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Connecting Coloring with Learning

Updated: Aug 25, 2022


Coloring to Building Cognitive Linkages

There are many reasons teachers love coloring pages. They are fun, creative and can help children learn about colors and hone their fine motor skills. But what you may not know is that coloring pages can also be used to connect science, reading, and history lessons. Let's explore how you can use coloring pages to improve student learning in your special education classroom.


The Building of Cognitive Linkages

How does one improve cognitive linkages in students? Recent studies have shown that students can better remember and understand key concepts by integrating visual imagery in core content lesson plans. In other words, teaching using visual aids can help students build strong cognitive linkages within their brains.


There are a few reasons why this is the case. First, visual images are easier for our brains to process than abstract ideas or verbal information. This is because our brains are wired to process visual information more quickly and effectively than any other type of information. Second, when we see an image related to a concept we are trying to learn, our brains create a “memory anchor” which helps us to remember the concept more easily. Finally, visuals can help us to see the relationships between different concepts, which makes it easier for us to understand and remember them.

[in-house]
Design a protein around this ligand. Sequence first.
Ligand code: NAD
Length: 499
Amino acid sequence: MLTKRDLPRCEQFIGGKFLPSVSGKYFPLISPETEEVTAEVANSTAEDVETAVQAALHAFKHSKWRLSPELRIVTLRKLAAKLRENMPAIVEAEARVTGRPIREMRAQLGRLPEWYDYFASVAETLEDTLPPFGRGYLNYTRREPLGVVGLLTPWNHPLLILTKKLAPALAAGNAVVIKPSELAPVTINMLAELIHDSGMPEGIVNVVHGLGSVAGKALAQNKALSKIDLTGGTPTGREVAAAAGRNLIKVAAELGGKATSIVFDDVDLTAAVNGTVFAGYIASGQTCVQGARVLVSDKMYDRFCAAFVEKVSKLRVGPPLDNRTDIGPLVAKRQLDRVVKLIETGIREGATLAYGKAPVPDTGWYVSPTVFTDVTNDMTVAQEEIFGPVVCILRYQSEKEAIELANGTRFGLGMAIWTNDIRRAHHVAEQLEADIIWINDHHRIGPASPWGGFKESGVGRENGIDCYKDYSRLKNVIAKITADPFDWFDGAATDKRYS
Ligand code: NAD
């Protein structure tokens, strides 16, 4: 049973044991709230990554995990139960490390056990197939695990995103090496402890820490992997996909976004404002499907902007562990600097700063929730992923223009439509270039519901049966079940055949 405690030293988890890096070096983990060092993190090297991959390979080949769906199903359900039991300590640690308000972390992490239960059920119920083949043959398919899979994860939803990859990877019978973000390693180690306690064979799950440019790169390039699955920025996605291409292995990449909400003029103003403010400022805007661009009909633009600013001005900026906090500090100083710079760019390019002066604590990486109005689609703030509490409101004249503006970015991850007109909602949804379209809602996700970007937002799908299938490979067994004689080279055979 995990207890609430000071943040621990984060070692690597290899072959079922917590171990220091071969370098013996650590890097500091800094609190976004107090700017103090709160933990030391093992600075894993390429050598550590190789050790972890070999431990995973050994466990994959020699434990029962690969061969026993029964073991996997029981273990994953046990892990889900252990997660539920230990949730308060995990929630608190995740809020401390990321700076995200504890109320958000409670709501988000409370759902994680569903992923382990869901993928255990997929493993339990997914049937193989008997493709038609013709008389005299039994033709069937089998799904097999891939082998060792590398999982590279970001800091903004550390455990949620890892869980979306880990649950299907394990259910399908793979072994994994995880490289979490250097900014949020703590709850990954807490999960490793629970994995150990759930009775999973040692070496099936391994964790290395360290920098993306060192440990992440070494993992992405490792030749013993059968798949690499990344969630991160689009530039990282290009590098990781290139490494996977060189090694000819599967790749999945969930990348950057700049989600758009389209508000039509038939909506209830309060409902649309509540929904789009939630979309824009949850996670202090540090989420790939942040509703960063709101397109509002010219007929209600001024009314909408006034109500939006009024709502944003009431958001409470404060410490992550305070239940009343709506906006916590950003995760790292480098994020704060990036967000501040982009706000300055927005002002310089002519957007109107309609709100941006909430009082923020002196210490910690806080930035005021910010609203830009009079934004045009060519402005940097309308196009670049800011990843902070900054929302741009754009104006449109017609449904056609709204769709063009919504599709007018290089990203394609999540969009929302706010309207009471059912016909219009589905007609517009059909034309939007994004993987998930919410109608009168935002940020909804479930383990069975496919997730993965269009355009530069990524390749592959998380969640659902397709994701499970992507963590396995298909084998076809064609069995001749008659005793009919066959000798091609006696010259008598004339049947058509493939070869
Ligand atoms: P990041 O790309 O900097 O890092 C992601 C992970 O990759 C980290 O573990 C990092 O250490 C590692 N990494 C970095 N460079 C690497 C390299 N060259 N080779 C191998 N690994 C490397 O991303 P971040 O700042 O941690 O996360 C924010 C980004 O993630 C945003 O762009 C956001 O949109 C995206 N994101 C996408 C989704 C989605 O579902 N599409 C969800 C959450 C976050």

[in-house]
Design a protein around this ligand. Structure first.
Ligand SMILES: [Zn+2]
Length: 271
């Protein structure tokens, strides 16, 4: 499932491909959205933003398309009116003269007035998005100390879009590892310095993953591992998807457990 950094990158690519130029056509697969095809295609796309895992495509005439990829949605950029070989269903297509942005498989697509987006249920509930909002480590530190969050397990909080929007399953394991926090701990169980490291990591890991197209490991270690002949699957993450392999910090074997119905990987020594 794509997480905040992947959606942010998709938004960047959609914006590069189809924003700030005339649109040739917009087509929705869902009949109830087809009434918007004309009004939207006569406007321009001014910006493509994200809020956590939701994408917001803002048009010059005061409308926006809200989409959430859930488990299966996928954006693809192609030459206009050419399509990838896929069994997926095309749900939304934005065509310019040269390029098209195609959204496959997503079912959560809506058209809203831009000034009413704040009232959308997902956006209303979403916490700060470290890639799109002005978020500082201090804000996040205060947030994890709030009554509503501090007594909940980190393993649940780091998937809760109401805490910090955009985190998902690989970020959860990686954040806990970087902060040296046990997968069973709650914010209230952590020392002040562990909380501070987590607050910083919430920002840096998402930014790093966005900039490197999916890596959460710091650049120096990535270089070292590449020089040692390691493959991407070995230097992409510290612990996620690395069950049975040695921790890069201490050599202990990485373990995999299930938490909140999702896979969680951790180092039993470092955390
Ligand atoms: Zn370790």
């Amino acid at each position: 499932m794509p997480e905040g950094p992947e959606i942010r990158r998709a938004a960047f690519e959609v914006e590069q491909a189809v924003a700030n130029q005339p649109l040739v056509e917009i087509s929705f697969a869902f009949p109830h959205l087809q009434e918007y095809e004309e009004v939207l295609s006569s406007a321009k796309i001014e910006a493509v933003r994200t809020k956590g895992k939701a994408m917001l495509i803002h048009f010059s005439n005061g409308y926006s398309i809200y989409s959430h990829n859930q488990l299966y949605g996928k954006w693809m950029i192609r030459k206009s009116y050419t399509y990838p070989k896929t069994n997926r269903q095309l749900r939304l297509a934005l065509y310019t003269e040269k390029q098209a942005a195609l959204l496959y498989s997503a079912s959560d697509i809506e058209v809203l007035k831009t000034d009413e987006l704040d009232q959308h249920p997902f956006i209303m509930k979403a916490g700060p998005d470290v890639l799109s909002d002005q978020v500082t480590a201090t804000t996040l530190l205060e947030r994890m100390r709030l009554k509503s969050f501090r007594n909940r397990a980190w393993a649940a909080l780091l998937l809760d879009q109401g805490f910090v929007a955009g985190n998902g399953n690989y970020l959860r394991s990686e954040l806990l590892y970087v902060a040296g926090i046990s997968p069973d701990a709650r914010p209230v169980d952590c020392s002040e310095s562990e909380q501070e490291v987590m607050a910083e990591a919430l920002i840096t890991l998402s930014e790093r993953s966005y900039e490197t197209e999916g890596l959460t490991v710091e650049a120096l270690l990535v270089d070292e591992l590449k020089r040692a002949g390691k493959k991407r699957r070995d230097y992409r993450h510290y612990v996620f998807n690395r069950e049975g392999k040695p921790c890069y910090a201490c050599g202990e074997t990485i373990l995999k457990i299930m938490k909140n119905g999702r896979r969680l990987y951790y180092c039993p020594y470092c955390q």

All of these factors together mean that teaching with visuals can be an extremely effective way to help students build strong cognitive linkages within their brains and improve their learning outcomes. Research has shown that including visuals in instruction can increase student learning by up to 400%! Now I don't know if that number is accurate for all teaching environments, but it definitely makes a strong case for using visuals in instruction!


Making Connections Through Coloring

One way to include visuals in your instruction is to use coloring pages. Coloring pages are a great way to provide visual aids for your students while allowing them to be creative and have fun. And because they can be used to connect concepts across multiple subject areas, they are an ideal tool for helping students build strong cognitive linkages. This is especially true for students with a learning disability or ADHD, who often struggle with making connections between concepts.



How to Use Coloring Pages in Your Homeschool or Classroom

Now that we know how coloring pages can help students build strong cognitive linkages let's explore how you can use them in your homeschool or classroom.